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RE: XSRQL proposal

From: Howard Katz <howardk@fatdog.com>
Date: Mon, 28 Jun 2004 16:19:54 -0700
To: "Seaborne, Andy" <andy.seaborne@hp.com>, <public-rdf-dawg@w3.org>

> -----Original Message-----
> From: public-rdf-dawg-request@w3.org
> [mailto:public-rdf-dawg-request@w3.org]On Behalf Of Seaborne, Andy
> Sent: Monday, June 28, 2004 2:18 PM
> To: 'Howard Katz'; public-rdf-dawg@w3.org
> Subject: RE: XSRQL proposal
> Howard,
> I have got through the XsRQL proposal - nicely written document
> and I have a
> good sense of what XsRQL is and does.  I particularly liked the
> style except
> the yellow (!) ...

My colour adviser picked #ffff99 out of her Color-Your-World palette, but
she's not adverse to other suggestions ...

> A few "straightforward" questions:
> 1/ Is the output always syntactic?  Some of the examples are explicitly
> creating strings in the query itself.

> In RDQL, the output is not defined: indeed, in Jena, the output is a Java
> structure with the real RDF Java objects so you can switch
> between query and
> other APIs.  The formatted output shown in the tutorial is based
> on feeding
> queries to a general result as formatter as accessed through the command
> line wrapper.  The decision on formatting is not part of the query process
> but part of the formatting process.

This is pretty well the same for XQuery/XsRQL: formatting is not a part of
the language. What comes out of the query engine is a sequence of
xsd:integers, xsd:strings, uris and the like, and if you didn't do any
formatting yourself, they all get serialized to text and everything gets
smushed together into one long contiguous string! That said, most XQuery
vendors seem to provide either a default pretty-print or a user-specified
mechanism for turning pretty-printing on and off. Most of my examples assume
the user will do his or her own formatting; ergo a simple chr() function to
allow the user to at least insert tabs and linefeeds. I think I've also got
a prolog declaration in the tutorial that explicitly turns on
auto-formatting, but <marketspeak>I think one of the nice things about the
language is the ability to allow the user to control his/her own
formatting -- if that's what they want to do.</marketspeak>

> 2/ XsRQL is strong on the construction side of results: how do
> you see this
> working with rules?

Unfortunately I don't know enough about rules to be able to say.

> 3/ The data model has subjects, predicates and objects and the syntax uses
> cues to indicate what is a predicate using @.  How do I write a query that
> does
> (?x ?x anything)

I'm assuming that your "anything" might also be called "something" -- ie,
it's *not* a variable but an actual specific object. If that's correct (is
it?), then you'd say:

   { *, @*, anything }

and would get back all triples that terminate in an "anything" object.

> Which would match the well known "rdf:type rdf:type rdf:Property."  RDF
> works on URIrefs rather than types so I wonder if this makes a
> difference or
> not.

  { rdf:type, @rdf:type, * } would pick up all the triples with rdf:Property

> [More common would be queries that work on properties and then access any
> domain and range constraints use a predicted URI is a property and as a
> subject.]
> 4/ (checking question) In
> { $libby, @newFoaf:Name, $libby/@foaf:name/* }
> does the generation create many triples, one for each match of
> $libby/@foaf:name/* or a triple with a sequence for the object value?  I
> presume it's the former.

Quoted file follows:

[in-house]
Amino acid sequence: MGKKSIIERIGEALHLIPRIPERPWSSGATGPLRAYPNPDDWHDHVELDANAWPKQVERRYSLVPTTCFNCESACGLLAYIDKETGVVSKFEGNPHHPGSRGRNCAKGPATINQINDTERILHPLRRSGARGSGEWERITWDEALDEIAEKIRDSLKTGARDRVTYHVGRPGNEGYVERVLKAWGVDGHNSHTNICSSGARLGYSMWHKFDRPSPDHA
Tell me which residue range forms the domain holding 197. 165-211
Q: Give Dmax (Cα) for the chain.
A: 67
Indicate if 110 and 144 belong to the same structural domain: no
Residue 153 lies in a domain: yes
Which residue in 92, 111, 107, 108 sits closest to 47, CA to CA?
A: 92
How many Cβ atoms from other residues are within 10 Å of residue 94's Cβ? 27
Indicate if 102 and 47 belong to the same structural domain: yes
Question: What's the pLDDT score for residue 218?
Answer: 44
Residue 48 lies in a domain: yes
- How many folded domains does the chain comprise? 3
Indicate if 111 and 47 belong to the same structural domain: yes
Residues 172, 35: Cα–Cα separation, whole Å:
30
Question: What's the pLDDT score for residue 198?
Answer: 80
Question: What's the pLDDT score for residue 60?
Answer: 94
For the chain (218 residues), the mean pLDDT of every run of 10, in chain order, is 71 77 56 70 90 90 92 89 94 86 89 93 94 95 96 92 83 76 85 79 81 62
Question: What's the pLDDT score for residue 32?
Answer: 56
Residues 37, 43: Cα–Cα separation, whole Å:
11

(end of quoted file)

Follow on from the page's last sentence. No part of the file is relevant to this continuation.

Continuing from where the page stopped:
Right, one triple per match.

If you've got a single <libby> triple in the 3store:

        <libby>  newFoaf:name   "libby_name"

you'll get it back:

        <libby>   newFoaf:name    "libby_name"

If you've got multiple <libby> triples:

       <libby>   newFoaf:name   "libby_name_1"
       <libby>   newFoaf:name   "libby_name_2"

you'll get all of them back.

> 5/ Could you add collections to the types?  This seems quite
> tricky to deal
> with in any triple oriented RDF query language.

I'm still confused about how collections work in RDF (ie, what are artifacts
of RDF/XML requirements and what exists at the triples level?), so I don't
know. It's time I figured that out however ...


> 	Andy
> -------- Original Message --------
> > From: public-rdf-dawg-request@w3.org <>
> > Date: 27 June 2004 21:40
> >
> > I've finished my XSRQL proposal, which can be found at
> > http://www.fatdog.com/xsrql.html. You'll notice I've shortened the
> > acronym slightly: XSRQL stands for XQuery-style RDF Query Language. I
> > hope this latest addition to the query-language canon isn't
> > considered overly XS-ive (groan).
> >
> > I'm slightly embarrassed; I've gone totally overboard on
> > this. (If you encounter graffiti in public lavatories
> > reading, "Stop me before I write again!", it was probably
> > me.) In any event, those who don't have the time or the
> > desire to plow through the proposal in its entirety can
> > probably get a fairly quick idea of what the language is
> > about by reading the introduction [1] and then skipping to
> > the section on the path language [2] . You might also find
> > the Examples section [3], which looks at several examples of
> > code in both RDQL and XSRQL, of interest. Once you've
> > recovered from that, you can go back and read the rest at your leisure.
> >
> > I'd be honoured if somebody would volunteer to pick this up
> > for evaluation before the agenda deadline (July 7?). I'm
> > around through this coming Tuesday evening, so if anybody has
> > any questions, either get a hold of me before then or after
> > I'm back from vacation on the 6th.
> >
> > Ta,
> > Howard
> >
> > [1] http://www.fatdog.com/xsrql.html#Introduction
> >
> > [2]  http://www.fatdog.com/xsrql.html#Path%20language
> >
> > [3] http://www.fatdog.com/xsrql.html#Examples
Received on Monday, 28 June 2004 19:24:31 UTC

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